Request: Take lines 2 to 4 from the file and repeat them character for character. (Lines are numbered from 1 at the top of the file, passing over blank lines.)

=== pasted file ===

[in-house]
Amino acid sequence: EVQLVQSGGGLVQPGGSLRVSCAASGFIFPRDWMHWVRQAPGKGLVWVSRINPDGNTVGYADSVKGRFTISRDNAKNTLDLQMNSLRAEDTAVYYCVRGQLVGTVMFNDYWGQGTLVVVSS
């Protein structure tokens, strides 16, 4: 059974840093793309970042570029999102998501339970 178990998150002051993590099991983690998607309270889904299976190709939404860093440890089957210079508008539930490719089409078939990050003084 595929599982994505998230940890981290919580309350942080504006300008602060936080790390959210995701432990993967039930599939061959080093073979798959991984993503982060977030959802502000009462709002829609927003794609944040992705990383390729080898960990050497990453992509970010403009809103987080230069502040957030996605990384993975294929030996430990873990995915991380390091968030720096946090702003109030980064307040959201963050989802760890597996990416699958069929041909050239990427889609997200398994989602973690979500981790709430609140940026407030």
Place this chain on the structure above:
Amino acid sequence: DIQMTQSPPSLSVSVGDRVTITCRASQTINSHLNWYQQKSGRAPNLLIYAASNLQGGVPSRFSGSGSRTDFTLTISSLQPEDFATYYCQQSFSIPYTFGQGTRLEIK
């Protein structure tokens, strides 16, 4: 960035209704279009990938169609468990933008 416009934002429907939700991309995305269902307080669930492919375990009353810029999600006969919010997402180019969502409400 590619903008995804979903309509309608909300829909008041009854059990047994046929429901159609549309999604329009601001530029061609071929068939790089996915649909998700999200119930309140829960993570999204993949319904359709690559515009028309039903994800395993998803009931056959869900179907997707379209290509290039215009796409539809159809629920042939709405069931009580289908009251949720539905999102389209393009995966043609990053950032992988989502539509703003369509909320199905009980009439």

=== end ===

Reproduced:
Amino acid sequence: EVQLVQSGGGLVQPGGSLRVSCAASGFIFPRDWMHWVRQAPGKGLVWVSRINPDGNTVGYADSVKGRFTISRDNAKNTLDLQMNSLRAEDTAVYYCVRGQLVGTVMFNDYWGQGTLVVVSS
């Protein structure tokens, strides 16, 4: 059974840093793309970042570029999102998501339970 178990998150002051993590099991983690998607309270889904299976190709939404860093440890089957210079508008539930490719089409078939990050003084 595929599982994505998230940890981290919580309350942080504006300008602060936080790390959210995701432990993967039930599939061959080093073979798959991984993503982060977030959802502000009462709002829609927003794609944040992705990383390729080898960990050497990453992509970010403009809103987080230069502040957030996605990384993975294929030996430990873990995915991380390091968030720096946090702003109030980064307040959201963050989802760890597996990416699958069929041909050239990427889609997200398994989602973690979500981790709430609140940026407030």
Place this chain on the structure above: